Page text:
Education Secretary Shirley-Anne Somerville said they believed all women in Scotland should be able to access timely abortion care without judgement ‘within the limits of the law.’

“The Scottish Government is committed to ensuring all pupils receive high quality relationships, sexual health and parenthood (RSHP) education.

“Whilst it is for councils and schools to decide how to deliver RSHP education – including abortion - this should always be factual and presented in an objective, balanced and sensitive manner within a framework of sound values and an awareness of the law,” she said.

A Glasgow City council spokeswoman said headteachers were given discretionary powers regarding the appropriateness and regularity of school visits by outside organisations. “We trust their devolved decision-making judgements in these matters,” she said.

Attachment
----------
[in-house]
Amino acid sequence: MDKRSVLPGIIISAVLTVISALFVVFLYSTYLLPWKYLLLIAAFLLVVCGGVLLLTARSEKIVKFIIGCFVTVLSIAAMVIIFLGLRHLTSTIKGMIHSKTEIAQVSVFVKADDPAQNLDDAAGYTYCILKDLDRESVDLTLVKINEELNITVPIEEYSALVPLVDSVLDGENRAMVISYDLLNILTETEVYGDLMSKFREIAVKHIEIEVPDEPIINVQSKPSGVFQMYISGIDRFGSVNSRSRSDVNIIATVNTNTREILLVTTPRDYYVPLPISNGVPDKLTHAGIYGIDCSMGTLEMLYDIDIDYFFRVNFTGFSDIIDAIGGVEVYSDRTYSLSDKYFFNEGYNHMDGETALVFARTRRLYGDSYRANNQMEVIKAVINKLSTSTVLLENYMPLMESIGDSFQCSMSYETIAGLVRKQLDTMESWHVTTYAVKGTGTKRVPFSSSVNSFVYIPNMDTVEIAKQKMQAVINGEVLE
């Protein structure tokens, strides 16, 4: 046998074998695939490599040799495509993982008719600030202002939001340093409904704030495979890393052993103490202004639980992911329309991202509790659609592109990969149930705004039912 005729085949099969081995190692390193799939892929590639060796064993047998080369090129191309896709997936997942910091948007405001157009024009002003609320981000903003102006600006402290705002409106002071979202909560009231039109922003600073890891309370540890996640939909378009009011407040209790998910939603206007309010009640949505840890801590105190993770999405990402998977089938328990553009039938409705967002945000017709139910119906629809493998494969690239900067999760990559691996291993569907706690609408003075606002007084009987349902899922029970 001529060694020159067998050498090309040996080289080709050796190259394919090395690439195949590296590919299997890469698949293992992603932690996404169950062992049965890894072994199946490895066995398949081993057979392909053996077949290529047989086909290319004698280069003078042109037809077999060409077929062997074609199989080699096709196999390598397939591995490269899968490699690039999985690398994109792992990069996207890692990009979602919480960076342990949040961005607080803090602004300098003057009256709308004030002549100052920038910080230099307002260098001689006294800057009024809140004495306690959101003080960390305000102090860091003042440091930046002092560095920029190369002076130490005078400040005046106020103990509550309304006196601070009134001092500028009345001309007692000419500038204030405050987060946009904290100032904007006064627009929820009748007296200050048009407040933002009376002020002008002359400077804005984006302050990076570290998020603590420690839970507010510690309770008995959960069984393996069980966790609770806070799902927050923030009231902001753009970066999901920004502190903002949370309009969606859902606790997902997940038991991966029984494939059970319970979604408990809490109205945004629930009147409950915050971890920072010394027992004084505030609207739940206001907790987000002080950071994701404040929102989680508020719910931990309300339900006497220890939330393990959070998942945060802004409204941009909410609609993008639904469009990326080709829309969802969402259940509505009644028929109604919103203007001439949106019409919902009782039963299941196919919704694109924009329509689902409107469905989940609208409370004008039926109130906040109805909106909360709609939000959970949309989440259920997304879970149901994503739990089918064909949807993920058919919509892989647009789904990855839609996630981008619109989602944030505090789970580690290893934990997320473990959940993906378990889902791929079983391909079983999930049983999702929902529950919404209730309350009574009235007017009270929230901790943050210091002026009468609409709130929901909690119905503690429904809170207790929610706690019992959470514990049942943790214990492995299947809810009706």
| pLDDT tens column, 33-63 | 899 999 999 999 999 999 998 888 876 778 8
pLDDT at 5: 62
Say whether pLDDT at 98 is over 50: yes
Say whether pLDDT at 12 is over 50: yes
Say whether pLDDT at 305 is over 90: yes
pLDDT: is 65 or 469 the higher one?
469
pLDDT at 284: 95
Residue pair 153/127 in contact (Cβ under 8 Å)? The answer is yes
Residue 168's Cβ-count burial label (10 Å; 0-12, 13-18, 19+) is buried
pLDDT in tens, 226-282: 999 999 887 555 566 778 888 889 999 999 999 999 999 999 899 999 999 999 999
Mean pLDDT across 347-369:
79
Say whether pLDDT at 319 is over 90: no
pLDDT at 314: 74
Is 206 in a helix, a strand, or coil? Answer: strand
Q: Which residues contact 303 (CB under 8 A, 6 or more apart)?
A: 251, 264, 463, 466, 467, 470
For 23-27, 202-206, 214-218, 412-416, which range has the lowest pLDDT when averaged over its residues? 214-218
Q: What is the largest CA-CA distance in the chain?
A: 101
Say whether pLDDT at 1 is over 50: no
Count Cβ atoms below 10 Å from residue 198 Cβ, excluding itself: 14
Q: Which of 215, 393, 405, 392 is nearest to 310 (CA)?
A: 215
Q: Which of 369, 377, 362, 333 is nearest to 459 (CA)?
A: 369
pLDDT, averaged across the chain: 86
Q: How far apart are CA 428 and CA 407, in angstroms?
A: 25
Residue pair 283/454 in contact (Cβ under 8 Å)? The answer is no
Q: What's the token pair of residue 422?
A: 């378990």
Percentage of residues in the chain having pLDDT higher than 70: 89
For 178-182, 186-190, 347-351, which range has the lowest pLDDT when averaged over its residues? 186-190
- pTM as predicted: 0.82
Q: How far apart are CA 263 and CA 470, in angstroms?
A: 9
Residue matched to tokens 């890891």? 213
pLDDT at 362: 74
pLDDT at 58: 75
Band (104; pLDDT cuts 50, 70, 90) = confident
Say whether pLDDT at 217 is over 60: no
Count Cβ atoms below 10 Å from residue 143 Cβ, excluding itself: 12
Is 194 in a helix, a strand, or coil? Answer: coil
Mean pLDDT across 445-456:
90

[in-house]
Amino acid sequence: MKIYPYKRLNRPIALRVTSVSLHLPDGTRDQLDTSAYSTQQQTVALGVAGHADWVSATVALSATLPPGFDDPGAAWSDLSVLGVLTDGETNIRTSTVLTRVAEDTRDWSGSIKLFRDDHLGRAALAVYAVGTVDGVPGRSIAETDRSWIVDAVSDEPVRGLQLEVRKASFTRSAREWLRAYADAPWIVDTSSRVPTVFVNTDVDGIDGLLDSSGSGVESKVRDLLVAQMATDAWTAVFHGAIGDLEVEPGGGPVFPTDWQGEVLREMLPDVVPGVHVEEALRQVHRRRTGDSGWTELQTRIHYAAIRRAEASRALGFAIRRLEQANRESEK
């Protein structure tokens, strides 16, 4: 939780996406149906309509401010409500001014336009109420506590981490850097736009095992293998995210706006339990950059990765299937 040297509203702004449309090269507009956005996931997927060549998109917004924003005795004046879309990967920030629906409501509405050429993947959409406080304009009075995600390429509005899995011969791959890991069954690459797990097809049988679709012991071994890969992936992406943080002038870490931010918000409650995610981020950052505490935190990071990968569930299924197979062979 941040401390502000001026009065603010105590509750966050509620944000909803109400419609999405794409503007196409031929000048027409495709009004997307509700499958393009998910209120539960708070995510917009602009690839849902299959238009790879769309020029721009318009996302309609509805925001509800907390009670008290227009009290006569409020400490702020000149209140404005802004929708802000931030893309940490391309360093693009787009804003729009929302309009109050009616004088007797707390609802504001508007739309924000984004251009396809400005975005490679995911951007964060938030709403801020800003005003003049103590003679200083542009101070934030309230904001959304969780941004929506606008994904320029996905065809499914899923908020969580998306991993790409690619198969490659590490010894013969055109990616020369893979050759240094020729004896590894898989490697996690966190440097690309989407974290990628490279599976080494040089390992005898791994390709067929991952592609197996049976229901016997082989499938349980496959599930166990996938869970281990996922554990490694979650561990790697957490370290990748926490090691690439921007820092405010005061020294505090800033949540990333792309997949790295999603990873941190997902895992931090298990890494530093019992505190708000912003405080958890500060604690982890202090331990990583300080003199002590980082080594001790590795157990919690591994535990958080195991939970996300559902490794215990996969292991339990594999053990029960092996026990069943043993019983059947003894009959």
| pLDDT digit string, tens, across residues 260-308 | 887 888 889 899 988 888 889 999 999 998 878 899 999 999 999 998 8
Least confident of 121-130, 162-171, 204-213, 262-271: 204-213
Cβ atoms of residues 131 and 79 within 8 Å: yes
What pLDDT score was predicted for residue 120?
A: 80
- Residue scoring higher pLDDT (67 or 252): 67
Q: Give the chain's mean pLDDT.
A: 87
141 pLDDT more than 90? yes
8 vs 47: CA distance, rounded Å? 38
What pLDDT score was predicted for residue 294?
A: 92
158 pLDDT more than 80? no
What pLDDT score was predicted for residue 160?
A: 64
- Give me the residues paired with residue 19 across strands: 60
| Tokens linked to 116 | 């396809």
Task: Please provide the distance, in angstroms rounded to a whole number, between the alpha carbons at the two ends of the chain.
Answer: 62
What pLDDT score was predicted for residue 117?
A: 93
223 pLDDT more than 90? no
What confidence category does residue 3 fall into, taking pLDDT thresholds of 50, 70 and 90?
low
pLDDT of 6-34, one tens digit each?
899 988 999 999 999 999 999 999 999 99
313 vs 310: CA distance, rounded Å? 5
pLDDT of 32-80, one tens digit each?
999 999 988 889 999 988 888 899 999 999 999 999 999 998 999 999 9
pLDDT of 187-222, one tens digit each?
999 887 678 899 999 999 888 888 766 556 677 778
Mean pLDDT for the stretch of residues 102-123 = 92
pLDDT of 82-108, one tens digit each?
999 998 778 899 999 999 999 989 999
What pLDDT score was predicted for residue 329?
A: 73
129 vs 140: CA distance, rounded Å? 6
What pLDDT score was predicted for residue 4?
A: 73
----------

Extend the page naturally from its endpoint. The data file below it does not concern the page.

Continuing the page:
“SPUC Scotland is a registered charity and therefore, considered an appropriate partner for schools to work with. Free speech is a key tenet of our curriculum and it’s important our young people are given the opportunity to hear different perspectives from outside organisations.

“We trust our head teachers to ensure contributions reflect the values, ethos and ambitions of the school and the wider educational curriculum.

Ann Davie, Depute Chief Executive of East Dunbartonshire council said: “Visits to schools by external organisations give young people an opportunity to discuss and debate a range of real-world subjects, as an extension of the curriculum.

“Where sensitive and challenging life issues are discussed, it is done in a supportive environment with pupils encouraged to seek additional help, support or information if they require it.”

Liberal Democrat education spokesperson, Willie Rennie MSP: said schools needed to be careful about who they allowed in to speak to pupils.